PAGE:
The authors of the Business School's recently released report on energy are meeting today with President Carter's top domestic advisor Stuart Eisenstadt to discuss the findings of their study.
Moreover, they have testified before a number of Senate committees, prompting Senators "to initiate energy conservation proposals which might not have been proposed," Peter Smith, a staff member of the Senate Energy Committee, said yesterday.
The Energy Project's report, entitled "Energy Future," rejects the development of domestic oil, coal, nuclear power and natural gas as solutions to the nation's energy problems.
Instead, the group says the U.S. could cut its energy consumption by 40 per cent by adopting conservation and low technology solar power.
Today's meeting with Eisenstadt is the first discussion that the members of the Energy Project, the group which sponsored the report, have had with the Carter Administration.
Sen. Howard Metzenbaum (D-Ohio) arranged the meeting during an Energy Committee hearing last Thursday.
Metzenbaum asked the authors of the report during the hearing whether they had met with anyone on the White House staff, and when they said they had not, Metzenbaum telephoned Eisenstadt in the middle of the hearing to arrange the appointment.
However, the spokesman for Eisenstadt said yesterday the meeting was arranged because "the study has received a lot of attention, and we wanted to see what they had to say." Mel Horwitch, assistant professor of Business Administration, said yesterday the meeting will have "symbolic" importance.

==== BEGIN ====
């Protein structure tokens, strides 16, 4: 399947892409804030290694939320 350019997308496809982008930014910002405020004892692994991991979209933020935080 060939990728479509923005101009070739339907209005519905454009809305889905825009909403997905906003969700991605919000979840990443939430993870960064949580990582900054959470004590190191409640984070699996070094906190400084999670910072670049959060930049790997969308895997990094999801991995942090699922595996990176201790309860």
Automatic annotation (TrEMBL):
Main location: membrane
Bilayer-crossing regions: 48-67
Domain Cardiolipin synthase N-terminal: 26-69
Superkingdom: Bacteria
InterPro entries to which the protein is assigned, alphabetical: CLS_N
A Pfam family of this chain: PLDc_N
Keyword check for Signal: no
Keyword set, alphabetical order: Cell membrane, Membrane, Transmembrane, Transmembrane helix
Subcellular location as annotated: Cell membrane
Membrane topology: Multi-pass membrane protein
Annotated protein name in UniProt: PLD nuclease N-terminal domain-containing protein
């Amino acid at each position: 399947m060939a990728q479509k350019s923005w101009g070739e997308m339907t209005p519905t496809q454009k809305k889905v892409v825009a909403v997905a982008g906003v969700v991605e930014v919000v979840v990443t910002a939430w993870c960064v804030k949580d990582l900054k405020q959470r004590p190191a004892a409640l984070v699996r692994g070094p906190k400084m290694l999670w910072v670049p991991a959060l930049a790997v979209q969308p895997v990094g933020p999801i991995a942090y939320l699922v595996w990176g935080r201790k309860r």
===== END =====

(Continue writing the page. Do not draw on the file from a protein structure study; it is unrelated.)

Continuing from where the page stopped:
Forever and Forever
Sen. Edward M. Kennedy '54 (D. Mass.) has already met with the authors of the report and "wants to work closely with us," Sergio Koreisha, a member of the Energy Project, said yesterday.
Kennedy has co-sponsored a bill with Sen. John Durkin (D-N.H.) emphasizing conservation rather than synthetic fuels, which has been stressed in President Carter's plan.
The Kennedy-Durkin Proposal is "taking the (Energy Project's) recommendations and putting them into effect," Kenneth Hughes, a staff aide on Kennedy's Joint Economic Subcommittee on Energy, said yesterday.
In addition to Kennedy, other senators on energy-related committees have said they want to continue a "working relationship" with the members of the Project, Koreisha said.
"The reaction of the Senators was very, very encouraging. They said the report is practical, pragmatic and what the country needed," Koreisha added.
The Energy Project, directed by Robert B. Stobaugh, professor of Business Administration, and Daniel Yergin, lecturer at the Kennedy School of Government and author of the Cold War study "Shattered Peace," was established in 1972.